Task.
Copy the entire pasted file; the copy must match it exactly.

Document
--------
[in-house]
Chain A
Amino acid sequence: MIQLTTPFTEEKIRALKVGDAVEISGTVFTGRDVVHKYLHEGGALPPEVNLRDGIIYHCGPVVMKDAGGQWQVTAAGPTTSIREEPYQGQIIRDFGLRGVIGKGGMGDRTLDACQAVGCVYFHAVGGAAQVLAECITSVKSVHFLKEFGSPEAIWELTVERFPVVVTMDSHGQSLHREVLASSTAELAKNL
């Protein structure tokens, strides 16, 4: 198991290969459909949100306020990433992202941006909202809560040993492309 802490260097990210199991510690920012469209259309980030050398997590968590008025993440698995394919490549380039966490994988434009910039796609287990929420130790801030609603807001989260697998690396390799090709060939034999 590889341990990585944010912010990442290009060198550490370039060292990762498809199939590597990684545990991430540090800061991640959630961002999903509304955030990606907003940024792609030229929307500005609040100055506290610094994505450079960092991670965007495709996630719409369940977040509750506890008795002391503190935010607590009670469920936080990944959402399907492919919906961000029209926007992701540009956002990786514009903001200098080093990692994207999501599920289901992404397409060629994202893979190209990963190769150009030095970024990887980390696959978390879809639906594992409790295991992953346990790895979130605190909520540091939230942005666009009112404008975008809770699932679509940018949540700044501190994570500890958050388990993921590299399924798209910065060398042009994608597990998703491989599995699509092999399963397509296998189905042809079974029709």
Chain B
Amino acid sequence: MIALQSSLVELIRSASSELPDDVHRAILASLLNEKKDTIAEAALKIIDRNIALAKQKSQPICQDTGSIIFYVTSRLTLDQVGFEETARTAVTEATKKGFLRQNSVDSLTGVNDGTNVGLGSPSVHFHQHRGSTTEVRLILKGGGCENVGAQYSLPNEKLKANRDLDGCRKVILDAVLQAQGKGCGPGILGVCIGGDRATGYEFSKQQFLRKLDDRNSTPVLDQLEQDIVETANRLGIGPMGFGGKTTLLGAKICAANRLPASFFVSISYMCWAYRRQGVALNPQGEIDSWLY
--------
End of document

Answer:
[in-house]
Chain A
Amino acid sequence: MIQLTTPFTEEKIRALKVGDAVEISGTVFTGRDVVHKYLHEGGALPPEVNLRDGIIYHCGPVVMKDAGGQWQVTAAGPTTSIREEPYQGQIIRDFGLRGVIGKGGMGDRTLDACQAVGCVYFHAVGGAAQVLAECITSVKSVHFLKEFGSPEAIWELTVERFPVVVTMDSHGQSLHREVLASSTAELAKNL
């Protein structure tokens, strides 16, 4: 198991290969459909949100306020990433992202941006909202809560040993492309 802490260097990210199991510690920012469209259309980030050398997590968590008025993440698995394919490549380039966490994988434009910039796609287990929420130790801030609603807001989260697998690396390799090709060939034999 590889341990990585944010912010990442290009060198550490370039060292990762498809199939590597990684545990991430540090800061991640959630961002999903509304955030990606907003940024792609030229929307500005609040100055506290610094994505450079960092991670965007495709996630719409369940977040509750506890008795002391503190935010607590009670469920936080990944959402399907492919919906961000029209926007992701540009956002990786514009903001200098080093990692994207999501599920289901992404397409060629994202893979190209990963190769150009030095970024990887980390696959978390879809639906594992409790295991992953346990790895979130605190909520540091939230942005666009009112404008975008809770699932679509940018949540700044501190994570500890958050388990993921590299399924798209910065060398042009994608597990998703491989599995699509092999399963397509296998189905042809079974029709």
Chain B
Amino acid sequence: MIALQSSLVELIRSASSELPDDVHRAILASLLNEKKDTIAEAALKIIDRNIALAKQKSQPICQDTGSIIFYVTSRLTLDQVGFEETARTAVTEATKKGFLRQNSVDSLTGVNDGTNVGLGSPSVHFHQHRGSTTEVRLILKGGGCENVGAQYSLPNEKLKANRDLDGCRKVILDAVLQAQGKGCGPGILGVCIGGDRATGYEFSKQQFLRKLDDRNSTPVLDQLEQDIVETANRLGIGPMGFGGKTTLLGAKICAANRLPASFFVSISYMCWAYRRQGVALNPQGEIDSWLY